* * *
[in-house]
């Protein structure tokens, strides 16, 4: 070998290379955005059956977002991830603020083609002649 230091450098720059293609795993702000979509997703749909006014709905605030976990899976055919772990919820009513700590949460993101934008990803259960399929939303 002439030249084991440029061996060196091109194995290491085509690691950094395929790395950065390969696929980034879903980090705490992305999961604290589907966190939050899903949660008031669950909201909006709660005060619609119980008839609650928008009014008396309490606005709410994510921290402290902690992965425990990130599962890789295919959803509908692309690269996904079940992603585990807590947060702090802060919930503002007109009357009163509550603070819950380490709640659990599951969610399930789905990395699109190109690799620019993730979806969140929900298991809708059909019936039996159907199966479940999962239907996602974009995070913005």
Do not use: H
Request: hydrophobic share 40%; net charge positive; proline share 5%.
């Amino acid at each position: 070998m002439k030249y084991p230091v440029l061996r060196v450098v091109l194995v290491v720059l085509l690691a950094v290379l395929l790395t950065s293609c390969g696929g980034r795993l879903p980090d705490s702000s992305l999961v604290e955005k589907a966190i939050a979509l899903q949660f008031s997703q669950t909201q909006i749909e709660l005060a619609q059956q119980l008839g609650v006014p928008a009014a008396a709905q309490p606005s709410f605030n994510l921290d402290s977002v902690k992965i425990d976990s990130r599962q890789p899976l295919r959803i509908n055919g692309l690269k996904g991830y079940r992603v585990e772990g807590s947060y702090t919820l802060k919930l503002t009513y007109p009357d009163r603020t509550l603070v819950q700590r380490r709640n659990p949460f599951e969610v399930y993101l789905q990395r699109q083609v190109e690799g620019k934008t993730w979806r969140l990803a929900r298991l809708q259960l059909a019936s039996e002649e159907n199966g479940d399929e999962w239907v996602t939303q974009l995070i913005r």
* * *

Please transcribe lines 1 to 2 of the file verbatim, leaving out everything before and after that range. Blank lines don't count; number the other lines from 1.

[in-house]
């Protein structure tokens, strides 16, 4: 070998290379955005059956977002991830603020083609002649 230091450098720059293609795993702000979509997703749909006014709905605030976990899976055919772990919820009513700590949460993101934008990803259960399929939303 002439030249084991440029061996060196091109194995290491085509690691950094395929790395950065390969696929980034879903980090705490992305999961604290589907966190939050899903949660008031669950909201909006709660005060619609119980008839609650928008009014008396309490606005709410994510921290402290902690992965425990990130599962890789295919959803509908692309690269996904079940992603585990807590947060702090802060919930503002007109009357009163509550603070819950380490709640659990599951969610399930789905990395699109190109690799620019993730979806969140929900298991809708059909019936039996159907199966479940999962239907996602974009995070913005």